Sunday, March 11, 2012

Sunday Sermons

For as long as I can remember, Sunday has been my favorite day of the week. I remember being in Sunday School at the Sixth Avenue Baptist Church in Brooklyn, New York, wishing that church could meet five days per week and school only two. And anybody who knows me knows that I am a serious geek. I loved going to school, but I loved being at church even more. For the most part, I still do.

What I have come to realize later in life is that what I love about Sunday, other than singing the ancient hymns of the church, is the presence of the people of the congregation. I make no judgment about anybody's motives for attending church, at least not in this forum, but rather, I express my gratitude for all the stories, the secrets, the yearnings, the hopes, the dreams, the prayers, and even for the less stellar motives that draw so many people together on Sunday mornings for worship, for teaching, and for shared community time.

When we entered "the house of the Lord" in Bayonnais last Sunday, I was happier to be in that sanctuary than I'd been in such a place in a very long time. I had seen their homes. I had watched their children walk around the village in ripped and dirty clothes. I had seen their bare feet and dusty faces for the three previous days. At 9:15 am in that bright space, there was no dirt, wrinkles, or torn clothing. Spirits were high. Songs rang out loud. And ribbons, ruffles, and shiny shoes abounded.

I was offered the opportunity to extend a few words of gratitude to the congregation on behalf of our team. I was honored to do so and grateful that God kept me from breaking down and turning into a puddle of tears and babble in front of the gathered crowd.

The High and Most Reverend Wes Barry spoke rather eloquently on the story of Jesus healing the paralytic beside the pool of Bethsaida. He challenged us to take up our own mats, our fears, anxieties, and doubts and go forth from that place rejoicing at all that God has done for us, among us, through us, and in us.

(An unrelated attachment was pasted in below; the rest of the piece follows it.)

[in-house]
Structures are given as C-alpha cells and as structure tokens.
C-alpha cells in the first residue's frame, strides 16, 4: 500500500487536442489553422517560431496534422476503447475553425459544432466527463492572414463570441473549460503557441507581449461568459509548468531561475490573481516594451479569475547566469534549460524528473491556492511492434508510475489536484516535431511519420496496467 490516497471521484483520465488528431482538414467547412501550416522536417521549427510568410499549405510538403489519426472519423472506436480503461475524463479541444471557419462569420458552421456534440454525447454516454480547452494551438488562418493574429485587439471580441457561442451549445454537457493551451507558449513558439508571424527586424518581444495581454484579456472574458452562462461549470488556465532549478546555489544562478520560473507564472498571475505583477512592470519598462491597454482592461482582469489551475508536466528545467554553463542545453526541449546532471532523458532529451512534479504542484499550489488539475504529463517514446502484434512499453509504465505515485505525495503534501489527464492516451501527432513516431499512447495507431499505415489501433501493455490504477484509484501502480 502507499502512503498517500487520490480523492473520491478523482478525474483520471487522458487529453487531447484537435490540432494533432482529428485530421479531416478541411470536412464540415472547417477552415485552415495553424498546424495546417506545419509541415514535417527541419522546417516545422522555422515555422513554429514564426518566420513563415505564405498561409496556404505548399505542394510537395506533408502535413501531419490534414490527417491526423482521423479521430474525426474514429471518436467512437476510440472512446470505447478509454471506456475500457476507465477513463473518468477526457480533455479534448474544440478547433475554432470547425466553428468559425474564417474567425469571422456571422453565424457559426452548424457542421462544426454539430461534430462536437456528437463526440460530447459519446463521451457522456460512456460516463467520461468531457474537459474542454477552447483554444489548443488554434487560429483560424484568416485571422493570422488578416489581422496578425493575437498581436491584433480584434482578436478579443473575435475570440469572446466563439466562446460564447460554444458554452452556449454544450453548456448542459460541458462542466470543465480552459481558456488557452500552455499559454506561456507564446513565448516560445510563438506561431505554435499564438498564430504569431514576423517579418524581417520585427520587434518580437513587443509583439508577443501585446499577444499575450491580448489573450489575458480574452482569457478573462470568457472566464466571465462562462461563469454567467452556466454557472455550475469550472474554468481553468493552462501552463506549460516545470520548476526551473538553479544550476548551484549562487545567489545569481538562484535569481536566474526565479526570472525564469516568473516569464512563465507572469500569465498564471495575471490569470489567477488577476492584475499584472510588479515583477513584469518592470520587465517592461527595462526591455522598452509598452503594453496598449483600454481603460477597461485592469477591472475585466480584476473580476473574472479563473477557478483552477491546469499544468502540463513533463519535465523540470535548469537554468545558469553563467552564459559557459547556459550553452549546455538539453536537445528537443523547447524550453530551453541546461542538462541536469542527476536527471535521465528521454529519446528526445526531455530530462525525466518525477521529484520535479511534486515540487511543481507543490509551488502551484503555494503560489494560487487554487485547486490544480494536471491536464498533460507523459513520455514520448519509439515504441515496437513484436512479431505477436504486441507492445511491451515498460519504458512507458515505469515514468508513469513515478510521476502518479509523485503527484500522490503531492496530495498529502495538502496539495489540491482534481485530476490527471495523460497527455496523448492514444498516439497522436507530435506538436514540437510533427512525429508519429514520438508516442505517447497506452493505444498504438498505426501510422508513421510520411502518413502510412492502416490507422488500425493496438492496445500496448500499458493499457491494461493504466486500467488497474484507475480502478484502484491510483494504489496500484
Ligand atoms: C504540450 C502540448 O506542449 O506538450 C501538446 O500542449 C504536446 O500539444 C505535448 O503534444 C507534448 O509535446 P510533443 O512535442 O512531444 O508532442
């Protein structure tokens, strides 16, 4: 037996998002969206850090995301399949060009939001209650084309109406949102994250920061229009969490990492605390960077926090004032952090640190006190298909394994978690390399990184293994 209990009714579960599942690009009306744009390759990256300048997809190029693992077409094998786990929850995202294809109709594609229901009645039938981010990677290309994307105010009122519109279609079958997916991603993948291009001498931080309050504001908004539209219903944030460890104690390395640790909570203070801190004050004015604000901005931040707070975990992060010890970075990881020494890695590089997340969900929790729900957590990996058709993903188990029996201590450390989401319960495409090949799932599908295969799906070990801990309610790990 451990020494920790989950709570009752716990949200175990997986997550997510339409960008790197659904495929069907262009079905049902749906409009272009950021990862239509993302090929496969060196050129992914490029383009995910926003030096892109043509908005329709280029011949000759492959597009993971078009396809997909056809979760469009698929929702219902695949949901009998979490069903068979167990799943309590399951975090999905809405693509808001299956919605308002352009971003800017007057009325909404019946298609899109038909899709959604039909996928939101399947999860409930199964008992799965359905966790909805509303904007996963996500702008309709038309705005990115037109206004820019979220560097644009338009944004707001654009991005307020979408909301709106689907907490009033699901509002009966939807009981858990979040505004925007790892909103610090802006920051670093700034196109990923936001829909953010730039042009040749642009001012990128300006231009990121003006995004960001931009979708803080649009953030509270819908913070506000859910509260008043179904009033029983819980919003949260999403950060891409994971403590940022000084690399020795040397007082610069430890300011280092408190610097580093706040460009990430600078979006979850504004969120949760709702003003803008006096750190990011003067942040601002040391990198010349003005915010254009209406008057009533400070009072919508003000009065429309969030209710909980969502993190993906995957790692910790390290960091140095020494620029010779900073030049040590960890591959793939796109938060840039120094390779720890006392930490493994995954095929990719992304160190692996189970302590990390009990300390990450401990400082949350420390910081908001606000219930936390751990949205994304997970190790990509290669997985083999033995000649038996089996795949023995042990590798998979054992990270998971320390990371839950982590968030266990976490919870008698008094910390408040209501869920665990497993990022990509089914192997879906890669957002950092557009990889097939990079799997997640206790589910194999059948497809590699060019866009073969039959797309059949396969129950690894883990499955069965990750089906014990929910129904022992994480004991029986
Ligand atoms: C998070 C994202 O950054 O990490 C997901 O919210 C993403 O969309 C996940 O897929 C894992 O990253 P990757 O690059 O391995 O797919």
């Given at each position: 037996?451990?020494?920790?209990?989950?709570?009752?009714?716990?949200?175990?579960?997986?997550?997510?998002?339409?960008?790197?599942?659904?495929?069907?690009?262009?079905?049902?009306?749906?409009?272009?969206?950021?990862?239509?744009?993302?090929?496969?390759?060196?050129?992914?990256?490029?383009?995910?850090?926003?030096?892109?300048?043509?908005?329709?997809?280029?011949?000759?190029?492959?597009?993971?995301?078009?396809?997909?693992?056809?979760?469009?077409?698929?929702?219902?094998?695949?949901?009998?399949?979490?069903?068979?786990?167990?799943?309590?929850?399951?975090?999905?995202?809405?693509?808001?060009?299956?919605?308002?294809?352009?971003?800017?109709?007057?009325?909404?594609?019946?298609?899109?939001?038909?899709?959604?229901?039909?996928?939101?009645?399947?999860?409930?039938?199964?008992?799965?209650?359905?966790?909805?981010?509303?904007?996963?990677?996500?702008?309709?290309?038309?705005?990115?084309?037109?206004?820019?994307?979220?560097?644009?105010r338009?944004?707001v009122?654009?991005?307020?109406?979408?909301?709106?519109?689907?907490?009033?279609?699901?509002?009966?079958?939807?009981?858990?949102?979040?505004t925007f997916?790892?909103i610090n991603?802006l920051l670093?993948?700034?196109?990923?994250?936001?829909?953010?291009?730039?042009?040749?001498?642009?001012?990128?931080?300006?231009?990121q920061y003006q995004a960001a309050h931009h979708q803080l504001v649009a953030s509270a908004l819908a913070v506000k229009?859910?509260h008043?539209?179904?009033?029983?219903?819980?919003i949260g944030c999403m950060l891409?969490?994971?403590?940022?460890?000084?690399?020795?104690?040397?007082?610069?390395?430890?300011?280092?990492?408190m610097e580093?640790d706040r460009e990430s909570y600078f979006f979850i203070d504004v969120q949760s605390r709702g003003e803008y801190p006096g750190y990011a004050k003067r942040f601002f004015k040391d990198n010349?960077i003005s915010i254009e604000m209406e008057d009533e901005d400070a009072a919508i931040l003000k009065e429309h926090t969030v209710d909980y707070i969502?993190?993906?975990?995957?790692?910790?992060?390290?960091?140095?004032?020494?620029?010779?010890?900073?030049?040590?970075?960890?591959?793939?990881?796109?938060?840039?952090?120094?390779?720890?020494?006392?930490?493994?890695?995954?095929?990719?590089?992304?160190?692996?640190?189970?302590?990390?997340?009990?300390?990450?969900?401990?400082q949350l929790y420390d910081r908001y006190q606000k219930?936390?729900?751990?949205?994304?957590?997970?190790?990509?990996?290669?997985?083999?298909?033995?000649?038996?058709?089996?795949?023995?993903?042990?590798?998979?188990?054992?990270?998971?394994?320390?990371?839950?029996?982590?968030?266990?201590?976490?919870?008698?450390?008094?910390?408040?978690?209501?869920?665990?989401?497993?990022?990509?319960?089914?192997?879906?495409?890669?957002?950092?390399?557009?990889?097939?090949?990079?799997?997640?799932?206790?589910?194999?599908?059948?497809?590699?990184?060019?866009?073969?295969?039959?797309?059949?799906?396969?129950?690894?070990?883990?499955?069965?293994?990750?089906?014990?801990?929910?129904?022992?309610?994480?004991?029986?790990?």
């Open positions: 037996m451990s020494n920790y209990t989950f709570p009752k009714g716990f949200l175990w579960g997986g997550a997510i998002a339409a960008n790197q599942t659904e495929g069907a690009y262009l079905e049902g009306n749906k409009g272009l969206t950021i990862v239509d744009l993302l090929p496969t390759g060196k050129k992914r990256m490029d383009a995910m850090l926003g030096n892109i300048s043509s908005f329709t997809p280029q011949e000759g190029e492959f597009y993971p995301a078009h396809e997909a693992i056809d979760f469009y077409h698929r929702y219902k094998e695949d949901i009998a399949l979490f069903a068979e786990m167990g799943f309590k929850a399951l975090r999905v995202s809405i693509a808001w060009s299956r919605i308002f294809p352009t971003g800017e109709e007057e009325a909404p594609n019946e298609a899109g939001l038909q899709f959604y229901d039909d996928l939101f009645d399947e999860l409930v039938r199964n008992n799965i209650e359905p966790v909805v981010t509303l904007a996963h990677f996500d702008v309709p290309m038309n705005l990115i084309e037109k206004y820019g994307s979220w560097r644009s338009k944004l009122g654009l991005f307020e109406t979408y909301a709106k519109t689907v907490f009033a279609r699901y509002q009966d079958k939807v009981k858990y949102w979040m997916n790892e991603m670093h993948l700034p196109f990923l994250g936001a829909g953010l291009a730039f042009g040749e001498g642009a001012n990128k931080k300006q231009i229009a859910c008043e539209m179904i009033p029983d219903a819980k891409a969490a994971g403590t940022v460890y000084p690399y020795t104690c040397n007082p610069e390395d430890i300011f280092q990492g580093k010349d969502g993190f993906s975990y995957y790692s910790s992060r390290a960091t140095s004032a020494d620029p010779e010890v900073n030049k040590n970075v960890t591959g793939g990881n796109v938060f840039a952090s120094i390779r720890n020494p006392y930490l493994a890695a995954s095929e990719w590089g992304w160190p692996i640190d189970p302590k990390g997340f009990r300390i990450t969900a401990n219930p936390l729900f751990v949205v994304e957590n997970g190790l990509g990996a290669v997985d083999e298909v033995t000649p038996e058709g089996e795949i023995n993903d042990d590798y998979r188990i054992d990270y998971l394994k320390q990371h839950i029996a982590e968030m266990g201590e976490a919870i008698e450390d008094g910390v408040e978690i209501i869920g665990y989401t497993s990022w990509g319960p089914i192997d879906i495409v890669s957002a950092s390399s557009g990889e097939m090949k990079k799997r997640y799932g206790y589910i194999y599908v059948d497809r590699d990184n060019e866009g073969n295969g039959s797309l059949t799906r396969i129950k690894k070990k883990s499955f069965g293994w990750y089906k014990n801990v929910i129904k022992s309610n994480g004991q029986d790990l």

An hour or so later, he was outside the guesthouse laughing raucously about a French song he was glad he hadn't sung from the pulpit, blowing bubbles and playing with Play Doh with children, all the while cradling a recently captured scorpion in his waterbottle. Now that's a pastor I can relate to.

A few away from the steps in the photo above, Liz gave her sneakers to a very grateful young man who had led the mountain climbing expedition that day before... the same expedition that I bowed out of. Apparently this young man made the hike in rather flimsy flip flops. Notice the gathering of children watching the hand-off of the shoes. Notice the numbers of bare feet in the photo. I left my sneakers, my flip flops, and more than half of my wardrobe in Bayonnais. I hope someone is getting good use out of it. Truly, it was the least I could do. Thank you, Liz, for setting the example last Sunday afternoon. 

These two little boys came dangerously close to being kidnapped and brought back to Charlotte. Every time the boy on the right heard one of us call his name, Caliboos (I'm sure I've spelled it atrociously), he would smile so brightly and thoroughly that it looked like his entire body was involved in the joy-letting.

The young woman in the orange tee shirt, Evoline, 
was one of our interpreters and guides during our visit in Bayonnais. 

On Sunday afternoon, she led the team on a walk to her home. She introduced us to her family members, showed us their fields, their access to the river, and demonstrated the joy of grinding corn.

I use the word "joy" intentionally here - she smiled the entire time, invited us to try, and then as she sorted out the smallest bits through her basket, she laughingly shared the discarded bits with her dog.

Following our visit to Evoline's house, we went to the medical clinic in town. There is much work to be done to complete the construction of the clinic, but there is much for which to give thanks in that it has come this far.

On our way to the clinic tour, we came upon a happy, talented, and very naked little boy. 
He was a master tire roller - notice the wheel and stick.

Perhaps in repayment for Reverend Barry's fine morning sermon, the underdressed young chap endeavored to teach the Sir Barry how to roll a wheel.

Wes tried unsuccessfully to keep the wheel upright, and then in humility, returned the wheel and stick to their owner, and we all watched in awe as the little fella ran down the patio of the clinic, up the rocky path, and through the canal running alongside the road. He literally rolled the wheel through the running water. Now that is a boy with some serious talent.

On our last walk through the countryside, we were both led and accompanied by the children. This is the loving, patient smile of the little girl who withdrew to the back of the group and walked with me, making sure I didn't slip, slide, or fall into or over the canal. How sweet is her smile? How bright are her eyes?

Are words even necessary here?

Most of the best Sunday sermons are the wordless ones - the ones spoken by the clouds, the trees, the branches laid across babbling brooks, the floating of bubbles, the malleability of Play Doh, the intricacy of a scorpion's many frightening stinging parts, the crunching of the corn grinder, and the naked, the poor, the patient, and the silently ever-present little ones who are always crossing our paths.

No comments: